Many people are considering air quality and wondering what to anticipate in the coming days as a result of the intense fire season in Canada.
Small particles and gaseous substances are present in all air. But as air quality deteriorates, these gases and particles can enter the nose, throat, and lungs, as well as circulate in the bloodstream, causing asthma attacks and aggravating heart and respiratory issues. Asthma emergency department visits surged when wildfire smoke turned New York City’s skies orange in early June 2023.
It’s simple to locate a daily air quality index score in most cities that indicates when the air is deemed unhealthy or even dangerous. It is more difficult to forecast the quality of the air in the coming days.
In my capacity as a professor of civil and environmental engineering, I forecast air quality. These forecasts have been enhanced by artificial intelligence, but research indicates that it is far more effective when used in conjunction with conventional methods. This is why:
How experts forecast air quality
A chemical transport model or a machine-learning model are often the two main approaches used by scientists to forecast air quality in the near future, usually a few days ahead or longer. The output produced by these two models is entirely different.
Chemical transport models compute the production and presence of air contaminants using a variety of well-known chemical and physical formulas. They make use of data from meteorology, which gives atmospheric information such as wind, precipitation, temperature, and solar radiation, as well as data from emissions inventory published by local authorities that include pollutants from known sources, such as wildfires, traffic, or industry.
These simulations represent the movement and chemistry of air contaminants. However, their simulations contain numerous variables that have a great deal of uncertainty. For instance, cloudiness modifies the photochemistry by altering the solar energy that enters the atmosphere. The results may become less precise as a result.
Machine learning is used in the EPA’s AirNow air pollution forecasts. A smoke-transport and dispersion model aids in simulating the movement of smoke plumes during wildfire outbreaks. The forecast for August 9 is shown on this map. Orange represents poor air for sensitive individuals, while yellow denotes moderate danger. AirNow.gov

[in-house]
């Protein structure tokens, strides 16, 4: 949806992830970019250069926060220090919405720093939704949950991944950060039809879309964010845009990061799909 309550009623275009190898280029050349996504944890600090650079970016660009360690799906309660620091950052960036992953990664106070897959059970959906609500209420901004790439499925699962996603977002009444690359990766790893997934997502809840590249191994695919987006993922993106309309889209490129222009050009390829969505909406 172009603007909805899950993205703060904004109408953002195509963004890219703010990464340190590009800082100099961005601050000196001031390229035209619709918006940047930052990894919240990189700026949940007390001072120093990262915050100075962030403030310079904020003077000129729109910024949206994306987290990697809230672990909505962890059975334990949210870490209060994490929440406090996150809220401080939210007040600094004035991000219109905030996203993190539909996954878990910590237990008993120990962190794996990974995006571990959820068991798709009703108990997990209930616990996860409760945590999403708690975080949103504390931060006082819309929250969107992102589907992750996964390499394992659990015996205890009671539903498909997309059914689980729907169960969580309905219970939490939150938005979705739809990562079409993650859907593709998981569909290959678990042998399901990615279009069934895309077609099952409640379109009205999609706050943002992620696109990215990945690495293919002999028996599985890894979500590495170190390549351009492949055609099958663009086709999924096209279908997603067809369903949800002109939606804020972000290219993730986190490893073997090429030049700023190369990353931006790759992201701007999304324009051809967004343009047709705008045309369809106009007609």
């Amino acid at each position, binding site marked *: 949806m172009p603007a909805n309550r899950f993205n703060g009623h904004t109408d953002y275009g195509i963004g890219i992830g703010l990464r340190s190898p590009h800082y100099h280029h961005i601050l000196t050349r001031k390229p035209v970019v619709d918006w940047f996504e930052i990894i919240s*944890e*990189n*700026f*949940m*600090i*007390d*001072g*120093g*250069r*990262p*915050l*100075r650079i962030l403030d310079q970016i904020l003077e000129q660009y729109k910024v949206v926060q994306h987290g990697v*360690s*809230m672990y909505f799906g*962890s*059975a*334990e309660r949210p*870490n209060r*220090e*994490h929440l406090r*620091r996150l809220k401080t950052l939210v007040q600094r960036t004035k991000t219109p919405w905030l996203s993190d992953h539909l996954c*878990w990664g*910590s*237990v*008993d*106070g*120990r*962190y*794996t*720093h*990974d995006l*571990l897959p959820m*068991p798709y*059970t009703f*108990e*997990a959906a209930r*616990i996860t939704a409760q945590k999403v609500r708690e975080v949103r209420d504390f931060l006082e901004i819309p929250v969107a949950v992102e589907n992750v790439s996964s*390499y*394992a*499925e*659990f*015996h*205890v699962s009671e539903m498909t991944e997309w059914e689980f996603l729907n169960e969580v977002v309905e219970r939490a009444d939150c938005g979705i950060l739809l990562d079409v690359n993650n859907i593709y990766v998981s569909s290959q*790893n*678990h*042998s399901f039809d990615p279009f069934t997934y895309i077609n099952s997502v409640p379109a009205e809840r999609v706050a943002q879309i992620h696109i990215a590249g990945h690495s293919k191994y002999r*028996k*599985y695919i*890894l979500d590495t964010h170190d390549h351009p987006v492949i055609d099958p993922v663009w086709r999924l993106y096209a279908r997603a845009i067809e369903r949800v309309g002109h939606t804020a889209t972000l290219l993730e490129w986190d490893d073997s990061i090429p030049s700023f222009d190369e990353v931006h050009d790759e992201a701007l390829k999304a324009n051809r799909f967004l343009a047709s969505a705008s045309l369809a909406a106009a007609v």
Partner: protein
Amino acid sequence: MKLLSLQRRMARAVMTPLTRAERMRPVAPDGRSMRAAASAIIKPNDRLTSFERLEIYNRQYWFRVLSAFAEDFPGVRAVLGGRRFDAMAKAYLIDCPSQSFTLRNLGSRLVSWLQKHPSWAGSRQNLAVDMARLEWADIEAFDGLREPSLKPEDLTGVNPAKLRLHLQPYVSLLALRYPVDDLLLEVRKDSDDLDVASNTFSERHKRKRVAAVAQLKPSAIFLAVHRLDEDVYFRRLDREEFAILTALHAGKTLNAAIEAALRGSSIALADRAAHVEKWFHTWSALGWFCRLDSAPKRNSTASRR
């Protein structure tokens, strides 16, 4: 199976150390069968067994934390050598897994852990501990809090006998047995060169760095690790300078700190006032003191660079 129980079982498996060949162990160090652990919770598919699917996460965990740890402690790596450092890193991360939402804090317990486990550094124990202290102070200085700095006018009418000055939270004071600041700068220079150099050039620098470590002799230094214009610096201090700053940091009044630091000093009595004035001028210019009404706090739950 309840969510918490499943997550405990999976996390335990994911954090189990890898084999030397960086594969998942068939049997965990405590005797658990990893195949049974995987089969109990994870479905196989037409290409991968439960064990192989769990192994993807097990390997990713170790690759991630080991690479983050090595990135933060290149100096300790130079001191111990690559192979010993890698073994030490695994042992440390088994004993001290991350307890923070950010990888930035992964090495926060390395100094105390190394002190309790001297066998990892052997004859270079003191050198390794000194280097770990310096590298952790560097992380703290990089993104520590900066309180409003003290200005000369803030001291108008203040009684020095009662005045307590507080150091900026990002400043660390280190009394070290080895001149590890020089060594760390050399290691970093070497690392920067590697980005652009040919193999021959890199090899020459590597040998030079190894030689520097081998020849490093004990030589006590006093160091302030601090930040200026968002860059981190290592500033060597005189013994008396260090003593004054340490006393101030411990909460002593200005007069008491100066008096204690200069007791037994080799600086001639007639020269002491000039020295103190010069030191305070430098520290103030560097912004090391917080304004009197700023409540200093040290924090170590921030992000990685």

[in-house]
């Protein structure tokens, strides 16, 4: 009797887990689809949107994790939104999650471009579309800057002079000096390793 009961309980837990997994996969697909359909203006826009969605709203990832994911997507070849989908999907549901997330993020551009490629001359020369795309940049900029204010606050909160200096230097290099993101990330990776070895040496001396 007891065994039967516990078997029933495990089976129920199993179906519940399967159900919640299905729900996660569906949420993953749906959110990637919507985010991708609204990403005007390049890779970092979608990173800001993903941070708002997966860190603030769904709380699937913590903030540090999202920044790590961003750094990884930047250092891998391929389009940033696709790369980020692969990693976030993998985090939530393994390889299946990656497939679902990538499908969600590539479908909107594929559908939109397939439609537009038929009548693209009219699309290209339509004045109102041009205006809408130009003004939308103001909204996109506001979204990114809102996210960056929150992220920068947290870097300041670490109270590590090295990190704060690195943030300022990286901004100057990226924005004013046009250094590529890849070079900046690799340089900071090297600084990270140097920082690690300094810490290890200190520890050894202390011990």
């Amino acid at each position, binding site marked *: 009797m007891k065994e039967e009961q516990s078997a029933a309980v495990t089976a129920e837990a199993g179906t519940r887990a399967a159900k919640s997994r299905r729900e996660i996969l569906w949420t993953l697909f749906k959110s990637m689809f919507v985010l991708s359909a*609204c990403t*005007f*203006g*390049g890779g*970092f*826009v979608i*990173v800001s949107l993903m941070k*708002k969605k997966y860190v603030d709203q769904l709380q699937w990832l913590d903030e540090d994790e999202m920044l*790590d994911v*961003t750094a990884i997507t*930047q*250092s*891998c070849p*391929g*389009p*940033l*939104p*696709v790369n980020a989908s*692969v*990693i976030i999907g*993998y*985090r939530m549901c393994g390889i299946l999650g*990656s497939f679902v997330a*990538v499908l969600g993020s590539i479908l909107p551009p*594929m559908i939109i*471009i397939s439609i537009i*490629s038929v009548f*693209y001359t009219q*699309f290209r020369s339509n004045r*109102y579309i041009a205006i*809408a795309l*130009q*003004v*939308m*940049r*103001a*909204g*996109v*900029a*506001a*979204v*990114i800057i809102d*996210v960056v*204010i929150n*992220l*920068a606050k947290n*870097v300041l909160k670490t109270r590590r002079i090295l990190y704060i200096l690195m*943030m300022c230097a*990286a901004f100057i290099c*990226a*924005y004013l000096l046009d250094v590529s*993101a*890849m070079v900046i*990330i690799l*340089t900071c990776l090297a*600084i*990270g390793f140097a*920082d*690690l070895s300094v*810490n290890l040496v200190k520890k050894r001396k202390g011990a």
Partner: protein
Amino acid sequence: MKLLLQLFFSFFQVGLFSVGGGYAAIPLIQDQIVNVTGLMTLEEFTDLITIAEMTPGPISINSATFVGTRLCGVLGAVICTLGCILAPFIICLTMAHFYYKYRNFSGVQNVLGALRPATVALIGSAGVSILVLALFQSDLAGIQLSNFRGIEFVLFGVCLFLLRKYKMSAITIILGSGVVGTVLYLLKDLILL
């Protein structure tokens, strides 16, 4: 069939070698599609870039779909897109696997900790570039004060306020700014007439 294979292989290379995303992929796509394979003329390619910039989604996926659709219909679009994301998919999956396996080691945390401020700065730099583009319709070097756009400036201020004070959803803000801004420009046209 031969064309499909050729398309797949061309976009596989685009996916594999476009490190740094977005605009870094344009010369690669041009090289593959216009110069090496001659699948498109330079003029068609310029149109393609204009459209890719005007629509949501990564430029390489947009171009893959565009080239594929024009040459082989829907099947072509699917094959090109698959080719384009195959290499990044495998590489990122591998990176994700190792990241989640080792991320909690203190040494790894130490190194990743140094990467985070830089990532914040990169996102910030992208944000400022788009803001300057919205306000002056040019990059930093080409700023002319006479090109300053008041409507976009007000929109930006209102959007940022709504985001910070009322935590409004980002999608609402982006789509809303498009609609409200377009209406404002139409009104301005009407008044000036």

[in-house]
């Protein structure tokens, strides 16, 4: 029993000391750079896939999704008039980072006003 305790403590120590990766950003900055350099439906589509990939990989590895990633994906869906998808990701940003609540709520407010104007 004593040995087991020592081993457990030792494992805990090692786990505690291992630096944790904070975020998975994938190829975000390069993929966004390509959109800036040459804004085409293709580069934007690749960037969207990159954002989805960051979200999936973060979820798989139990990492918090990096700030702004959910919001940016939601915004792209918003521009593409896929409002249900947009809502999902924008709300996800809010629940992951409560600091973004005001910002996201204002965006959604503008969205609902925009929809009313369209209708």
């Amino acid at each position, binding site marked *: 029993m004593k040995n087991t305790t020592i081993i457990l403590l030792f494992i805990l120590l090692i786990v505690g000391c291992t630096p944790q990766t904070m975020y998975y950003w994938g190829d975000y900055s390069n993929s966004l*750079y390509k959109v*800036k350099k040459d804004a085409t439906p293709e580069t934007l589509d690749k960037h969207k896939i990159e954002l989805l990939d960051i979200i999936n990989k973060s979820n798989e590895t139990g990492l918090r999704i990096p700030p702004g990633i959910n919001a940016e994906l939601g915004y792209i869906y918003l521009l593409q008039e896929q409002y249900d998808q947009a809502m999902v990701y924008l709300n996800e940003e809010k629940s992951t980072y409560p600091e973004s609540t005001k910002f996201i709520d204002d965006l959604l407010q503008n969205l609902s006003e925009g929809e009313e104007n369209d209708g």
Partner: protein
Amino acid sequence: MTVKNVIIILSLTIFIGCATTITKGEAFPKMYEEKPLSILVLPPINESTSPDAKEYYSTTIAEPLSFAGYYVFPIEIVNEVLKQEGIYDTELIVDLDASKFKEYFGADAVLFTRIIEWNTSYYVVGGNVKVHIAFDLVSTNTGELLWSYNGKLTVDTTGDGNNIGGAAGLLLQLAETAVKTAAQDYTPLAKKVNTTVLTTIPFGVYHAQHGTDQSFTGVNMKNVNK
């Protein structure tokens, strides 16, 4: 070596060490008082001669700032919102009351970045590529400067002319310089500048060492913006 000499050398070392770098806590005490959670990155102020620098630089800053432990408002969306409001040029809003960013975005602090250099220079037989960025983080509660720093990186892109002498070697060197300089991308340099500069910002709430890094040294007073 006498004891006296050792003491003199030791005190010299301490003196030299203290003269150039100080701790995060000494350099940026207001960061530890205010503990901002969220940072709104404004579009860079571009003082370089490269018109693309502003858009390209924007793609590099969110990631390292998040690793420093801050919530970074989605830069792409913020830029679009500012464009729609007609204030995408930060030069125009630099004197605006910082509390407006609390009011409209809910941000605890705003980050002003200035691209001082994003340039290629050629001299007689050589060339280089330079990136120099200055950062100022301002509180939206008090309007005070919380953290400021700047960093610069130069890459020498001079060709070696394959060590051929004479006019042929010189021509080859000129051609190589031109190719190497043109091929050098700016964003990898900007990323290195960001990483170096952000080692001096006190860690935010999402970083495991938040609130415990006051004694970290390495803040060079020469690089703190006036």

Instead, machine-learning models gather historical data over time to identify patterns that may be applied to present conditions to forecast future air quality for any particular place.
Contrary to chemical transport models, machine learning models do not take into account any chemical or physical mechanisms. Additionally, if the models weren’t trained on data related to extreme circumstances, such as heat waves or wildfire outbreaks, the accuracy of machine-learning estimates may be incorrect. Consequently, while machine-learning algorithms can indicate the locations and times where high pollution levels are most likely to occur, such as during rush hour close to motorways, they typically cannot handle more sporadic occurrences, such as wildfire smoke coming in from Canada.
What is superior?
Scientists have found that neither model is sufficient for predicting air quality on its own, but combining the best features of both models can improve accuracy.
The machine learning and measurement model fusion, or ML-MMF, is a combination approach that can make predictions based on research that are more than 90% accurate. Based on well-established physical and chemical processes, it can replicate the entire process, from the source of air pollution to your nose. They can more accurately educate the public about air quality safety levels and the direction contaminants are moving by adding satellite data.
Recent comparisons between the three models’ predictions and actual pollution measurements were made. The findings were startling: the combined model performed 12% better than the machine-learning model alone and 66% better than the chemical transport model in terms of accuracy.
Despite the fact that applications using machine-learning algorithms are growing in popularity, the chemical transport model is still the most often used technique for forecasting air quality today. The U.S. Environmental Protection Agency’s AirNow.gov regularly forecasts weather using machine learning. Additionally, the site gathers air quality forecast outcomes from regional and local organizations, the majority of which employ chemical transport models.
The combined models will become more accurate ways to forecast hazardous air quality as information sources grow more trustworthy, especially during erratic events like wildfire smoke.